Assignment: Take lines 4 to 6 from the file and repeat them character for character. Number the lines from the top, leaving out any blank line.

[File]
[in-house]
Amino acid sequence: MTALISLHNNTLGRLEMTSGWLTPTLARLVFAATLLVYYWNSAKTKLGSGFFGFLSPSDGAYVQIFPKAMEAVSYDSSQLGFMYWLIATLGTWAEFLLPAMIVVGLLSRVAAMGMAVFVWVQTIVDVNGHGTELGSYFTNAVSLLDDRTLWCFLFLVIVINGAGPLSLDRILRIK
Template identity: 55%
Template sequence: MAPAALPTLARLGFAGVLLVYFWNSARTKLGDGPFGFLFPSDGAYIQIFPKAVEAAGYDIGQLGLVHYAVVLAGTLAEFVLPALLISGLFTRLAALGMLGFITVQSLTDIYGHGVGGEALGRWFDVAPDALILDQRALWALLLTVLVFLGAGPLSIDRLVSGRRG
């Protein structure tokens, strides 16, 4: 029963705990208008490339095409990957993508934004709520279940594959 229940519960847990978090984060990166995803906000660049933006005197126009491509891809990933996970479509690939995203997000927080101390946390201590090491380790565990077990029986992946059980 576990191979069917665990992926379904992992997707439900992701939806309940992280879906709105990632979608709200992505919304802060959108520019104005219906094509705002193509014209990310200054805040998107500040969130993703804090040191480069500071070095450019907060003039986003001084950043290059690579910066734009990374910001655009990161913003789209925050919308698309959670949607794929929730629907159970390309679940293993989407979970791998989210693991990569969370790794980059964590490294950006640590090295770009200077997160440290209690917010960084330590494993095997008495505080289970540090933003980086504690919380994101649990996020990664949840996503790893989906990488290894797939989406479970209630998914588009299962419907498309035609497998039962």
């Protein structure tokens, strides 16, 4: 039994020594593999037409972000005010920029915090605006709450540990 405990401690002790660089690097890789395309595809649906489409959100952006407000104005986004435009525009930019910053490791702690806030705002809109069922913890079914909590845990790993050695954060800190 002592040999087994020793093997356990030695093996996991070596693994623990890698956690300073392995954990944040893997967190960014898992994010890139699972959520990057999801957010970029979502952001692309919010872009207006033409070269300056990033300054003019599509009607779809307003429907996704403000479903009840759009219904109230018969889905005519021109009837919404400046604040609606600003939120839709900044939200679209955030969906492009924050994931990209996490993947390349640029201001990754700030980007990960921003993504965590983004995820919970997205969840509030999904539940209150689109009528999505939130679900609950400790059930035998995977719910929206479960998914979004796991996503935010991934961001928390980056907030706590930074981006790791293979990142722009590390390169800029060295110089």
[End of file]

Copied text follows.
Template sequence: MAPAALPTLARLGFAGVLLVYFWNSARTKLGDGPFGFLFPSDGAYIQIFPKAVEAAGYDIGQLGLVHYAVVLAGTLAEFVLPALLISGLFTRLAALGMLGFITVQSLTDIYGHGVGGEALGRWFDVAPDALILDQRALWALLLTVLVFLGAGPLSIDRLVSGRRG
């Protein structure tokens, strides 16, 4: 029963705990208008490339095409990957993508934004709520279940594959 229940519960847990978090984060990166995803906000660049933006005197126009491509891809990933996970479509690939995203997000927080101390946390201590090491380790565990077990029986992946059980 576990191979069917665990992926379904992992997707439900992701939806309940992280879906709105990632979608709200992505919304802060959108520019104005219906094509705002193509014209990310200054805040998107500040969130993703804090040191480069500071070095450019907060003039986003001084950043290059690579910066734009990374910001655009990161913003789209925050919308698309959670949607794929929730629907159970390309679940293993989407979970791998989210693991990569969370790794980059964590490294950006640590090295770009200077997160440290209690917010960084330590494993095997008495505080289970540090933003980086504690919380994101649990996020990664949840996503790893989906990488290894797939989406479970209630998914588009299962419907498309035609497998039962």
């Protein structure tokens, strides 16, 4: 039994020594593999037409972000005010920029915090605006709450540990 405990401690002790660089690097890789395309595809649906489409959100952006407000104005986004435009525009930019910053490791702690806030705002809109069922913890079914909590845990790993050695954060800190 002592040999087994020793093997356990030695093996996991070596693994623990890698956690300073392995954990944040893997967190960014898992994010890139699972959520990057999801957010970029979502952001692309919010872009207006033409070269300056990033300054003019599509009607779809307003429907996704403000479903009840759009219904109230018969889905005519021109009837919404400046604040609606600003939120839709900044939200679209955030969906492009924050994931990209996490993947390349640029201001990754700030980007990960921003993504965590983004995820919970997205969840509030999904539940209150689109009528999505939130679900609950400790059930035998995977719910929206479960998914979004796991996503935010991934961001928390980056907030706590930074981006790791293979990142722009590390390169800029060295110089």